Mark and Richard pointed out that managing data effectively and getting the basics right is an age-old challenge; “The same problems exist as twenty, thirty years ago, and ultimately it comes down to behaviours.” Stuart felt that a systematic approach correcting specific data pieces was one way to tackle this; “It’s very hard to come at it thinking ‘I’ve got to solve all the data first’, because you are never going to solve all the data.”


Data security is a real concern – prioritise prevention over cure

This was a subject that generated much discussion and is clearly at the forefront of supply chain leaders’ minds. Shikha said security is her number one technology priority, particularly in relation to the evolution of AI; “with AI, I would say my biggest worry is that the bad guys have a better, stronger, faster ability.”

A cyber-attack and its aftermath drains time and distracts the business. Allan has personal experience of this; his transport software business was hacked just over a year ago and his customers couldn’t access their data for weeks. “It was a devastating process to have to go through,” said Allan.

The emphasis needs to be on preventing rather than curing – far better to invest in protective measures than mop up the mess afterwards. Get data security right and it can be an enabling function giving confidence to enter new markets, launch new products and reach new consumers.


AI needs to be used to solve a specific business need

All agreed that the use of AI and ML (machine learning) in the supply chain was a massive opportunity, but that it must be used to meet a legitimate business need. Chris said the key is to start with a problem that needs solving; “You say ‘how do I solve this?’ and along the way, you weave in a bit of technology.”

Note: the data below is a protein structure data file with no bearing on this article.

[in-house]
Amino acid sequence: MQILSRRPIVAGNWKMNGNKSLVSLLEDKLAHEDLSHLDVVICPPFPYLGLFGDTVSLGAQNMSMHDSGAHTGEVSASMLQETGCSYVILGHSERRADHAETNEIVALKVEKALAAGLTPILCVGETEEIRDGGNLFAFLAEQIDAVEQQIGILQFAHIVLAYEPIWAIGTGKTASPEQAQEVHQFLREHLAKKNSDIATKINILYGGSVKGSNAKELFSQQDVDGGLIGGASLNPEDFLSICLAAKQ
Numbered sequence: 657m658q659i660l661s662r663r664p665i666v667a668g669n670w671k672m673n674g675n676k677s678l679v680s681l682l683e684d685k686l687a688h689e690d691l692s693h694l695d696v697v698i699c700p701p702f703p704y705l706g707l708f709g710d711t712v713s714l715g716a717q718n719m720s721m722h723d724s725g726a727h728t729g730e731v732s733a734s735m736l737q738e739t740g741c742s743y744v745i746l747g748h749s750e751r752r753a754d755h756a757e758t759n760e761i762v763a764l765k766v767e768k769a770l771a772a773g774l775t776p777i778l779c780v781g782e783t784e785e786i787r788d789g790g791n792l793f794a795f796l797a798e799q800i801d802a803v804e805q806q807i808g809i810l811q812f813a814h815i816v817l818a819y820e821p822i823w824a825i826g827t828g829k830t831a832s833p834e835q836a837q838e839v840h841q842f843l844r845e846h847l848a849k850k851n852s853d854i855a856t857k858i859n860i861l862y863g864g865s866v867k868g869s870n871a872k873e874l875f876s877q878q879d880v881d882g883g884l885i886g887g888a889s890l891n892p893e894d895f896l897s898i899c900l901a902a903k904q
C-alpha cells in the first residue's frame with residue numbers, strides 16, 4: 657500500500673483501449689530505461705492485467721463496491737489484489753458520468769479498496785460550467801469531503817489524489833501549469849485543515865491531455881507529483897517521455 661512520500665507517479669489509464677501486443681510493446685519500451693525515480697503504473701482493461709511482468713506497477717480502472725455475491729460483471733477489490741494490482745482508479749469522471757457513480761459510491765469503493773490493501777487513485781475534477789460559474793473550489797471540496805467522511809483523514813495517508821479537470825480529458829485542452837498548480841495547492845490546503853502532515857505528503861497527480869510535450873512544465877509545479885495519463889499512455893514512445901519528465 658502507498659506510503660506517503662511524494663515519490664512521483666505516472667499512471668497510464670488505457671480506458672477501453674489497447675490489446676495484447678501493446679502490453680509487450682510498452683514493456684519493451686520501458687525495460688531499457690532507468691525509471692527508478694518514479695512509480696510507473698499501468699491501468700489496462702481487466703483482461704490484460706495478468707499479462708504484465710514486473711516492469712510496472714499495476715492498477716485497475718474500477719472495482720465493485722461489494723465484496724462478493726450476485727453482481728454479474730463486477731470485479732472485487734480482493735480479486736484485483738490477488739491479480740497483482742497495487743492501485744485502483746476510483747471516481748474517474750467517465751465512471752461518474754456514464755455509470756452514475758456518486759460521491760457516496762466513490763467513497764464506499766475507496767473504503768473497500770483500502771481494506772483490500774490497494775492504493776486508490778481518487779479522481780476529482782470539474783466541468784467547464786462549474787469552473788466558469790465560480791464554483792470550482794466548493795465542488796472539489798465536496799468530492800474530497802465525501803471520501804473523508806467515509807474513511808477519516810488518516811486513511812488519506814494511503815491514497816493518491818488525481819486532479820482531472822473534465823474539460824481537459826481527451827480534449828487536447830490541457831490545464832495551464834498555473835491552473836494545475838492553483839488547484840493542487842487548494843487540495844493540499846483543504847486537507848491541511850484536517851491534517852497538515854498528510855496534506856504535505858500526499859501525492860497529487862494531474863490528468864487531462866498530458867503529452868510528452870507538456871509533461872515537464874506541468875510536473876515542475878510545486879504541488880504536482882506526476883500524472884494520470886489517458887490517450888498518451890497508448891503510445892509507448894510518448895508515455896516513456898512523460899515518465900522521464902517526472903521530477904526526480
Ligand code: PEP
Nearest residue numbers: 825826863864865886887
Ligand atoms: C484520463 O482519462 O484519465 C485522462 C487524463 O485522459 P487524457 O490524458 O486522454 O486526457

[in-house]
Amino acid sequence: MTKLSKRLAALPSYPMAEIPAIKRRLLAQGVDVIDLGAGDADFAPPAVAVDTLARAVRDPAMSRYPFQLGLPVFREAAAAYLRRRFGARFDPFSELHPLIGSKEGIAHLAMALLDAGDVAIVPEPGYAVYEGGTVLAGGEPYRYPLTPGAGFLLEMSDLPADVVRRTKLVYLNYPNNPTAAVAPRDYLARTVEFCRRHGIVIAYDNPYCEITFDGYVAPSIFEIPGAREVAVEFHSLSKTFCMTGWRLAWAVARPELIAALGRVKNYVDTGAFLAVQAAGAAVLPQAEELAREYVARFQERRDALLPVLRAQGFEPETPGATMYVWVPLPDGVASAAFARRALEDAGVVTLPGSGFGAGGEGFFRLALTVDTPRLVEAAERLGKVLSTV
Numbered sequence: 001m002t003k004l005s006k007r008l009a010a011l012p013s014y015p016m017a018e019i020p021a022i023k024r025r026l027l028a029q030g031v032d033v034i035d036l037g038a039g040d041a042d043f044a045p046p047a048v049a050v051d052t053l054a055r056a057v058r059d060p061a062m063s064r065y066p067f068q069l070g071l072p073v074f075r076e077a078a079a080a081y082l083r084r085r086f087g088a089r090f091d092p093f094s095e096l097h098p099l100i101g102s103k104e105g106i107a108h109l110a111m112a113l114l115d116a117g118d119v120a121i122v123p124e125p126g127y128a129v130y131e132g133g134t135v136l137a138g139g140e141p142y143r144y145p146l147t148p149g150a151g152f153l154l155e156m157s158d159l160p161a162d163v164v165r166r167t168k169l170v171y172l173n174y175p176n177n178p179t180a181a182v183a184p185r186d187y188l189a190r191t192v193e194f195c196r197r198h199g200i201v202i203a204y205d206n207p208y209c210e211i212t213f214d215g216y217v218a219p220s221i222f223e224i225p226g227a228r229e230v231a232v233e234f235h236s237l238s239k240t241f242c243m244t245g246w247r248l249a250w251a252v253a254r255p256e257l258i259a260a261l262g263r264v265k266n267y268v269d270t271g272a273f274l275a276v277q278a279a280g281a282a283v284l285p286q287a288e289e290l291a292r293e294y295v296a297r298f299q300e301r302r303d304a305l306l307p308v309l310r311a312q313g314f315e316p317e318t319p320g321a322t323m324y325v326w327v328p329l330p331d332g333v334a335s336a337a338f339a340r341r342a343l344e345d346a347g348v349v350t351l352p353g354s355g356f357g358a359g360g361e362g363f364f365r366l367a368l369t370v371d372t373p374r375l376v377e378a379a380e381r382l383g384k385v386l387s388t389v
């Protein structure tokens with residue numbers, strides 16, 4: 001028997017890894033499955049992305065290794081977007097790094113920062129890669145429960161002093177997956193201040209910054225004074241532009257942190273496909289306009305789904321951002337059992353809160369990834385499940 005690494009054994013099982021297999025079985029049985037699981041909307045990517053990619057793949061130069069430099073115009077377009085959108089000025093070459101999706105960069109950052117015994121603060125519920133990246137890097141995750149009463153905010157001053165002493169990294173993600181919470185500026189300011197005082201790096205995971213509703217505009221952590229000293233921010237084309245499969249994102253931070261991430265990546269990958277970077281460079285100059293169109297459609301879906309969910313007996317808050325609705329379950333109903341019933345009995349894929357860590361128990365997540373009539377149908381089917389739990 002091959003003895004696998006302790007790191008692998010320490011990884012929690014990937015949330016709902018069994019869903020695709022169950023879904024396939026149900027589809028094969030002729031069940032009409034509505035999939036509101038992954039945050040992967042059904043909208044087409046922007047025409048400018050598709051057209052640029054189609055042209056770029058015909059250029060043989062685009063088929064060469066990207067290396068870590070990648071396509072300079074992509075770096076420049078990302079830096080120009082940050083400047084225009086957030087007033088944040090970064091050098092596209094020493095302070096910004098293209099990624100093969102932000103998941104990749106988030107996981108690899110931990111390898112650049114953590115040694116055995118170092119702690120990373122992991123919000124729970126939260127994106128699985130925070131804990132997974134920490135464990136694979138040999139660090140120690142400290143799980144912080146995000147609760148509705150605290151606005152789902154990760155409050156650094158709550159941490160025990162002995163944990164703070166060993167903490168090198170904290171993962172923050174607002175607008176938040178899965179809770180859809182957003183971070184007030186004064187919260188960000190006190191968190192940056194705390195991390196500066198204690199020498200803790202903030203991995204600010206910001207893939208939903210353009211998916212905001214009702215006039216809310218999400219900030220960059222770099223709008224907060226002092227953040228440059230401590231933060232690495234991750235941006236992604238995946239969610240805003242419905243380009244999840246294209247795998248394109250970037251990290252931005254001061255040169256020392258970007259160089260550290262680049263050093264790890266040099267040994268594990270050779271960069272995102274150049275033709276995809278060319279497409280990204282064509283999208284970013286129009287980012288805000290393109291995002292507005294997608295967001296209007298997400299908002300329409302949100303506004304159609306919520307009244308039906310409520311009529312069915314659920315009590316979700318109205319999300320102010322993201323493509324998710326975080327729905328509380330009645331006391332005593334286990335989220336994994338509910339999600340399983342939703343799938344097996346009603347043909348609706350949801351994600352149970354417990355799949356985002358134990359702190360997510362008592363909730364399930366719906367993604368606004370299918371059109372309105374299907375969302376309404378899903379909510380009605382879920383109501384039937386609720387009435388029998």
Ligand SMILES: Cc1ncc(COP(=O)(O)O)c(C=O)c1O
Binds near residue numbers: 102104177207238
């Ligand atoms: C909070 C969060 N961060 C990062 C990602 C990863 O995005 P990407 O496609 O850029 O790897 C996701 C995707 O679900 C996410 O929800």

Stuart also championed a pragmatic approach; “In understanding the business problem, you can limit the choice further by saying I only need this bit and it’s very targeted and then you can apply some machine learning and AI forecasting to do that specific bit.”

“We’ve got to understand what problem we are trying to fix,” agreed Nick; “it feels like AI is the new shiny new toy and things like getting the data right are falling by the wayside, but unless you solve those things, you’re never going to get the value of all those tools out there.” Chris agreed that the quality of the input is crucial; “Without that, what am I going to put AI on? Because it doesn’t exist on its own in isolation, it only works by being fed information.”


Leadership and influence

An effective supply chain runs in conjunction with the objectives of the business. Giving supply chain ‘a seat at the table’ and influence both at board and executive level ensures it’s fit for purpose, responsive and fully aligned to the broader strategy.

Finding the right leadership approach in terms of support and challenge was something that the attendees noted was crucial to retention and getting the best out of teams. Shikha summed up the leadership debate succinctly noting; “Successful businesses are built by people who want to be there.”


We would like to thank all of our attendees for sharing their insight and experience. For more information about Procurement, Operations & Supply Chain Transformation, get in touch with Ross. If you would like a conversation around Transformation, Digital & Technology, please get in touch with Graeme.